Satellite Vulnerabilities. The backbone of modern military operations depends heavily on satellites for communication, navigation, reconnaissance, and surveillance. The vulnerability of these satellites to intentional interference, jamming, or physical attacks poses a significant threat to national security. Anti-satellite technologies, demonstrated by various nations, have the potential to disrupt vital communication channels and cripple military operations.

Orbital Debris and Space Sustainability. The proliferation of space debris resulting from ASAT tests and defunct satellites poses an environmental and operational hazard. The increased congestion in Earth’s orbit not only jeopardizes space missions but also raises the risk of accidental collisions that could generate more debris. Ensuring the sustainability of space activities is crucial for avoiding long-term consequences for both military and civilian space assets.

Space threats have the potential to significantly disrupt a wide range of critical infrastructure and services, including:

(a)          Global navigation systems such as GPS, which are essential for transportation, logistics, and military operations.

(b)          Communication satellites, which provide critical communication links for both civilian and military purposes.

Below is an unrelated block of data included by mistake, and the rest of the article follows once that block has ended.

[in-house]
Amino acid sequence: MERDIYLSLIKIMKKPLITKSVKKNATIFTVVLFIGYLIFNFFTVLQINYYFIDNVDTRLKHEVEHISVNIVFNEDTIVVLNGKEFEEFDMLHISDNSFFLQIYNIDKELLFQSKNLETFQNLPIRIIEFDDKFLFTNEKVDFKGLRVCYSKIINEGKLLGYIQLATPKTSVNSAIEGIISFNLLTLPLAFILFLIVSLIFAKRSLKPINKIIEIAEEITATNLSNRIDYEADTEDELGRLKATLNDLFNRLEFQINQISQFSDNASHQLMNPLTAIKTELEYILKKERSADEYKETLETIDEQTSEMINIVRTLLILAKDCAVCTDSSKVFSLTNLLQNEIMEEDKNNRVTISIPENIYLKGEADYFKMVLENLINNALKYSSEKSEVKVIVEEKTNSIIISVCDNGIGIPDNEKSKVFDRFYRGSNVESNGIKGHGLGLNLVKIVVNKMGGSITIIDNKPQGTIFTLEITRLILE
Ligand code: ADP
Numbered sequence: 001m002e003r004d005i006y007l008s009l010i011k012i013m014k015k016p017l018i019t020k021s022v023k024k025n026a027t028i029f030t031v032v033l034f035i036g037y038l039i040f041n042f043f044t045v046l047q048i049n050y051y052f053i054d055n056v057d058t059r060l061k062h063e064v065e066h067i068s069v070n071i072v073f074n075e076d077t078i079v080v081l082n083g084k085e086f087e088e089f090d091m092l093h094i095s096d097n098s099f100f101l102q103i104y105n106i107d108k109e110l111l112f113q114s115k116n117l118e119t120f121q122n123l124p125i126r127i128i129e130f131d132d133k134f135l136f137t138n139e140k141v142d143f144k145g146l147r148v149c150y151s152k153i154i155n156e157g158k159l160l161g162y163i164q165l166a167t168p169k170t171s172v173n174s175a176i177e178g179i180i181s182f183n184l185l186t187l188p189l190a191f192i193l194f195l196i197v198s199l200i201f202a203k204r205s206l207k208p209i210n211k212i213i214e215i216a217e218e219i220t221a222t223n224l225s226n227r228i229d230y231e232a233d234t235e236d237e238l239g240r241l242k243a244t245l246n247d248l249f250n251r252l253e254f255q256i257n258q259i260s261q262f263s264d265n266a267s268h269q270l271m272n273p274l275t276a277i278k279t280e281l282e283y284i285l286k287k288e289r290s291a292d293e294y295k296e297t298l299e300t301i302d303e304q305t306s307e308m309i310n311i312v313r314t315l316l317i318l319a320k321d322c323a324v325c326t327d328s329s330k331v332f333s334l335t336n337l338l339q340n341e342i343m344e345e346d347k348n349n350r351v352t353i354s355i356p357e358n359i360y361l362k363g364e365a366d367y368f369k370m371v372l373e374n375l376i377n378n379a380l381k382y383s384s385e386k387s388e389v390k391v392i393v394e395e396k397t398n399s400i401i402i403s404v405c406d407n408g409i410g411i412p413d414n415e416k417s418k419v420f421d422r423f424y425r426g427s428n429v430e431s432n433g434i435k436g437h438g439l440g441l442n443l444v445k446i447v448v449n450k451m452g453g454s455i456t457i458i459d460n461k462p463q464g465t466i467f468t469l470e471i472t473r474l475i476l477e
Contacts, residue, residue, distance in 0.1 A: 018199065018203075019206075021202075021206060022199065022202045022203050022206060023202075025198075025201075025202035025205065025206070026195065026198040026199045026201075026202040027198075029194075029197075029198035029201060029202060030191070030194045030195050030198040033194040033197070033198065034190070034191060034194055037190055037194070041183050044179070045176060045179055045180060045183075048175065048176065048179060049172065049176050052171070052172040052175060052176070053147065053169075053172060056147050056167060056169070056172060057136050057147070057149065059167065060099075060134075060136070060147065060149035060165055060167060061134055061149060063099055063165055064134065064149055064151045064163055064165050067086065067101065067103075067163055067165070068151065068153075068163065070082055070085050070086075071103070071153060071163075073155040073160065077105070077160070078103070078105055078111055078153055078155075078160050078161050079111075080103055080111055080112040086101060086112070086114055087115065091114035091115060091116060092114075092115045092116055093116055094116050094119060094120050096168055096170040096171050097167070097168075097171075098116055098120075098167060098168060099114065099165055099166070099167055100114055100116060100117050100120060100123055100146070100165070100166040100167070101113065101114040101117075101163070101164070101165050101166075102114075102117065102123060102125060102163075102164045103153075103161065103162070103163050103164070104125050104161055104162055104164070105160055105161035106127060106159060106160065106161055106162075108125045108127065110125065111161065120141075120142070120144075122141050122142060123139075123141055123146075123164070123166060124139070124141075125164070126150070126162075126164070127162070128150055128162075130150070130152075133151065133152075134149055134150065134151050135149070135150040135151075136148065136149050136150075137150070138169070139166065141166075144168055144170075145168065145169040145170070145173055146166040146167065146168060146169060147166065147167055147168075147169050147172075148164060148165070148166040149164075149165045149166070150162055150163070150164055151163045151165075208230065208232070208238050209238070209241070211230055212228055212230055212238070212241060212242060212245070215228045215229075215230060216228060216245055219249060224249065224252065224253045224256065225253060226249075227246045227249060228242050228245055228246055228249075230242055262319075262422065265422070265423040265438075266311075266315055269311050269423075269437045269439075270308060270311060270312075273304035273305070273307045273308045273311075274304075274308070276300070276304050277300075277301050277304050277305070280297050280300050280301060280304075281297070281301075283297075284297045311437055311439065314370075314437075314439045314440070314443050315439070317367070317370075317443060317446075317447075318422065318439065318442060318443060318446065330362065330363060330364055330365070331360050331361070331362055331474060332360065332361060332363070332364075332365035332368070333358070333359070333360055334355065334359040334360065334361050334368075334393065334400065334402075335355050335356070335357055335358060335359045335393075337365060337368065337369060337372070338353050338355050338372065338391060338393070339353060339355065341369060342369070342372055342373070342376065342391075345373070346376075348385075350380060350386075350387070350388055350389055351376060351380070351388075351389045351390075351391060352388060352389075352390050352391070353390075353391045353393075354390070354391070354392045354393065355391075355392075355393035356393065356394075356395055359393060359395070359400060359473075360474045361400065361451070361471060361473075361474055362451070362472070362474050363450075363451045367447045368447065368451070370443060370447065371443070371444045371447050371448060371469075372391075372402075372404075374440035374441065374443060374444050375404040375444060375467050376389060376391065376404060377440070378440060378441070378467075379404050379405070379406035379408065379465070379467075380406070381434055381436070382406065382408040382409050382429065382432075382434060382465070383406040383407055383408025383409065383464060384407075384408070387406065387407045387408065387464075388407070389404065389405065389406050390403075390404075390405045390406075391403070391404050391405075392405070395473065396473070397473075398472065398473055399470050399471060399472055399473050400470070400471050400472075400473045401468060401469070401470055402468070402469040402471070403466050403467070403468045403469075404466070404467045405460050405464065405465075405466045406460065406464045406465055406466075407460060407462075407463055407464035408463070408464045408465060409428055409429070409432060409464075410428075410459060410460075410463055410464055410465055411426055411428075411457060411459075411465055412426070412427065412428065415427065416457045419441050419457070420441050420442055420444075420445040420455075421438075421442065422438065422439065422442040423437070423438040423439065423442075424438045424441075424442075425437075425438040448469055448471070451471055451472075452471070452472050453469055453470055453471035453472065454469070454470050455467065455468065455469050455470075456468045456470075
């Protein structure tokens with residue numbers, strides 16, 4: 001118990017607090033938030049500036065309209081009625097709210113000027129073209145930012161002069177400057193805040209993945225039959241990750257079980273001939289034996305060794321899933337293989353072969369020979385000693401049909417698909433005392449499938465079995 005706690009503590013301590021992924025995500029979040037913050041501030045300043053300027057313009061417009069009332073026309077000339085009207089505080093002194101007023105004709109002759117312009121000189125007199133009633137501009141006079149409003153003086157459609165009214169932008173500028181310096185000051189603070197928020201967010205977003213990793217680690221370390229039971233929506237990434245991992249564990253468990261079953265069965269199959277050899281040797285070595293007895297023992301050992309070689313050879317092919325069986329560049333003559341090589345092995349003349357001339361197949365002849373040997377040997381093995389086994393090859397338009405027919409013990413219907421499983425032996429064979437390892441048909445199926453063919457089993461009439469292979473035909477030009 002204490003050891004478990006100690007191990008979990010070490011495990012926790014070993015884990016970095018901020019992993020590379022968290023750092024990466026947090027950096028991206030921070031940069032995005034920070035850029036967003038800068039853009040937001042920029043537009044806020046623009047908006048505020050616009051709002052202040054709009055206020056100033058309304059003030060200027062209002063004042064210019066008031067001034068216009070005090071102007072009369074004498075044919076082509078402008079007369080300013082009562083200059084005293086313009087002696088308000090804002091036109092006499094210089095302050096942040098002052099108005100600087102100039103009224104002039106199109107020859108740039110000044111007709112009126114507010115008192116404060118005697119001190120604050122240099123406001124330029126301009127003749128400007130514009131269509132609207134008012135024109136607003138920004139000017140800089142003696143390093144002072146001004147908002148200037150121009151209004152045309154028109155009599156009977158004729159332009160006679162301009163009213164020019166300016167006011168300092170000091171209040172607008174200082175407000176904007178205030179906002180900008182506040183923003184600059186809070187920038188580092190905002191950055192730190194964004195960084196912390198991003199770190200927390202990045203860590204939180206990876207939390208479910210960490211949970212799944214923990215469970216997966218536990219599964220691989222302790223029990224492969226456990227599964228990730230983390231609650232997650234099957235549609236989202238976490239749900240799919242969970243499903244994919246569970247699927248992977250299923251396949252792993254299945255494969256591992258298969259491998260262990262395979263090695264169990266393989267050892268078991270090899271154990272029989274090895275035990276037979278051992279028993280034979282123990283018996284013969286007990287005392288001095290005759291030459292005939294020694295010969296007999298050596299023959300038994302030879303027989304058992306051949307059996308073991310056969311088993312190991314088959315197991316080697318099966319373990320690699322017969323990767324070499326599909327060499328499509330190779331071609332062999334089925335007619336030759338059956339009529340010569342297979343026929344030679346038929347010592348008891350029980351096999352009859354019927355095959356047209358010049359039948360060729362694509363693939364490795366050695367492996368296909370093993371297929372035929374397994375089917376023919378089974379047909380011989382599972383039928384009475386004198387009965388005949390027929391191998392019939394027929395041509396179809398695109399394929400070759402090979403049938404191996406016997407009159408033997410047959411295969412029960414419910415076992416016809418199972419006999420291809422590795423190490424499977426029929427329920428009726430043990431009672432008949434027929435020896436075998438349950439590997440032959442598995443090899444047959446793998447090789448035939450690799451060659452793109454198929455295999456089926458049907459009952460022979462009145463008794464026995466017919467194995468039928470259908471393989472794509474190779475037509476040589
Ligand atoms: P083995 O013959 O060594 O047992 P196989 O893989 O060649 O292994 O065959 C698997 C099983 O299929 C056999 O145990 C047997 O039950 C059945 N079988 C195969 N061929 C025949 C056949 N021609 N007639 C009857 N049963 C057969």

(c)           Intelligence, surveillance, and reconnaissance (ISR) satellites, which provide crucial information for national security.

(d)          Weather satellites, which provide critical data for forecasting and monitoring weather events.

The disruption or destruction of these space assets could have severe economic, social, and military consequences. In addition, space threats could be used to escalate conflicts or even trigger a major war.

Security Implications

New Dimensions of Warfare. Space is no longer just a frontier for exploration but a theatre for warfare. The integration of space capabilities into military strategies has created new dimensions of warfare, including space-based reconnaissance, electronic warfare, and the potential deployment of kinetic energy weapons. Nations are compelled to adapt their defence postures to safeguard their interests in this evolving security landscape.

International Collaboration and Conflict Prevention. The global community must address the militarization of space through international cooperation and diplomatic efforts. Establishing norms and agreements to prevent the weaponization of space and mitigate the risks associated with space activities is essential. A collective commitment to peaceful space exploration and utilization is imperative to prevent the escalation of conflicts beyond Earth.